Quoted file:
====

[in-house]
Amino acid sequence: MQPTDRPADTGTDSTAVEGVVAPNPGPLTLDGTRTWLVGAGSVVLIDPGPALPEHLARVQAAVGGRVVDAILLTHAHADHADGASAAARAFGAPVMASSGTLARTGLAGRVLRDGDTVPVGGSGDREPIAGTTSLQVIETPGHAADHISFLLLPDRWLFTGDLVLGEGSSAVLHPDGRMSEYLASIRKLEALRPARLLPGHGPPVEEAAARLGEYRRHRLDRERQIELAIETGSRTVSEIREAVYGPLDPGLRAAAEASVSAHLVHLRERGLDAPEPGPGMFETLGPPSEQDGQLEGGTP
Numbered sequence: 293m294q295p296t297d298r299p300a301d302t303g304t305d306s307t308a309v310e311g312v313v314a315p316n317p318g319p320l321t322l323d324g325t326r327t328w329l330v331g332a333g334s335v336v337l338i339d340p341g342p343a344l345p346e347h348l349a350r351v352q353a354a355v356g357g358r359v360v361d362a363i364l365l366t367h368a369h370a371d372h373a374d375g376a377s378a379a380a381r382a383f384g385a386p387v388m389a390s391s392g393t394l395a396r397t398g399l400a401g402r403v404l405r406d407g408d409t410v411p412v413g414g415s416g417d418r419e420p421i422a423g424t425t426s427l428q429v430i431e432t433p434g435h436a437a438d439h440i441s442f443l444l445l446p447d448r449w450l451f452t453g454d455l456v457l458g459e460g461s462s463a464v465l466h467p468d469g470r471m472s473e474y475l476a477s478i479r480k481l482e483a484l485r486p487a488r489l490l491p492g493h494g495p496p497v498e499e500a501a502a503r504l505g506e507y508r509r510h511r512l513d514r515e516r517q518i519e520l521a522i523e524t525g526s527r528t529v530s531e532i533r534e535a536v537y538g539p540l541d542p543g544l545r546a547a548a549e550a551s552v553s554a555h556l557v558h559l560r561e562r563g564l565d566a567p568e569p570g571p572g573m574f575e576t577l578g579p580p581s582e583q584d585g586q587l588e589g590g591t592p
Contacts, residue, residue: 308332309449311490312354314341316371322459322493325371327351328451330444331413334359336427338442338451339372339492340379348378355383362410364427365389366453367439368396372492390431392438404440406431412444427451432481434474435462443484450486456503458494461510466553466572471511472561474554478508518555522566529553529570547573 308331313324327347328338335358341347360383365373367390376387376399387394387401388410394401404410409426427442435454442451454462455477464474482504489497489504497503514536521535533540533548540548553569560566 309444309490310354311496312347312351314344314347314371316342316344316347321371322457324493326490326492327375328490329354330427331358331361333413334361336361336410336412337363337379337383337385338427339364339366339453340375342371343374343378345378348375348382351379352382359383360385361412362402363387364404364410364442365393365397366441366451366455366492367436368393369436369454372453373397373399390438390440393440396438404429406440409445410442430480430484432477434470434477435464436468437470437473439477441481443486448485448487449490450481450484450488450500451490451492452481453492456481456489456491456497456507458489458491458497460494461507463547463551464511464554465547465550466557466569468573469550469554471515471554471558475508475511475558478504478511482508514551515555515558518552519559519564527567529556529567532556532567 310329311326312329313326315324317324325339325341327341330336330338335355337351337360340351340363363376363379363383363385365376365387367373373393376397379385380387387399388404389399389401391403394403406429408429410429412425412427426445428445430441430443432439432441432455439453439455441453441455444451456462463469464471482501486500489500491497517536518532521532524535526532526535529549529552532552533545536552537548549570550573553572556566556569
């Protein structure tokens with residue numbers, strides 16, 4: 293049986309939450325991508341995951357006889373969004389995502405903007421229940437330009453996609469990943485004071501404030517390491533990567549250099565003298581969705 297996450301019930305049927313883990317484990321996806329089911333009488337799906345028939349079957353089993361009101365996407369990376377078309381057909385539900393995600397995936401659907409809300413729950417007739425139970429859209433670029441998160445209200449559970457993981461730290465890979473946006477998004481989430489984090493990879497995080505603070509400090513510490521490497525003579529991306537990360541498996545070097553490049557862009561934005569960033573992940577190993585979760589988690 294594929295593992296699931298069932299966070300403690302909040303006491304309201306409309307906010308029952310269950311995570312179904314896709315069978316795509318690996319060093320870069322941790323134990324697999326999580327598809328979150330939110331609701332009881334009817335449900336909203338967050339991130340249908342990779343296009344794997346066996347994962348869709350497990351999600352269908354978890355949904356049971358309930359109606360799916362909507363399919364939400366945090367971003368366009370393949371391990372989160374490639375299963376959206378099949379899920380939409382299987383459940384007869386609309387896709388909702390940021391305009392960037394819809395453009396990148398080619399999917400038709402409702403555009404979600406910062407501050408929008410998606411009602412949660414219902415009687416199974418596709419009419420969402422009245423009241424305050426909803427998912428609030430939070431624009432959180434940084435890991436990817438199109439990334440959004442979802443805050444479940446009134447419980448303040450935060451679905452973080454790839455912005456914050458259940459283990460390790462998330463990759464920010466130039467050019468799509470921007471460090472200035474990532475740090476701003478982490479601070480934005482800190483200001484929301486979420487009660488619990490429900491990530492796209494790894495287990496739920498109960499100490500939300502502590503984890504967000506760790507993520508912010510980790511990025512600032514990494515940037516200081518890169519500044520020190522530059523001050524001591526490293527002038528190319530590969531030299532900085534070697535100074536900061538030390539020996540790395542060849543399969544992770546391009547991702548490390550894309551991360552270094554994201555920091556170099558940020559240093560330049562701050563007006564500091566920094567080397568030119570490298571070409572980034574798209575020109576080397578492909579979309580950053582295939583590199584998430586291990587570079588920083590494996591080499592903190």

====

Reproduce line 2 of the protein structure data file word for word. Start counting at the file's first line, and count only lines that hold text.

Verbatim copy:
Amino acid sequence: MQPTDRPADTGTDSTAVEGVVAPNPGPLTLDGTRTWLVGAGSVVLIDPGPALPEHLARVQAAVGGRVVDAILLTHAHADHADGASAAARAFGAPVMASSGTLARTGLAGRVLRDGDTVPVGGSGDREPIAGTTSLQVIETPGHAADHISFLLLPDRWLFTGDLVLGEGSSAVLHPDGRMSEYLASIRKLEALRPARLLPGHGPPVEEAAARLGEYRRHRLDRERQIELAIETGSRTVSEIREAVYGPLDPGLRAAAEASVSAHLVHLRERGLDAPEPGPGMFETLGPPSEQDGQLEGGTP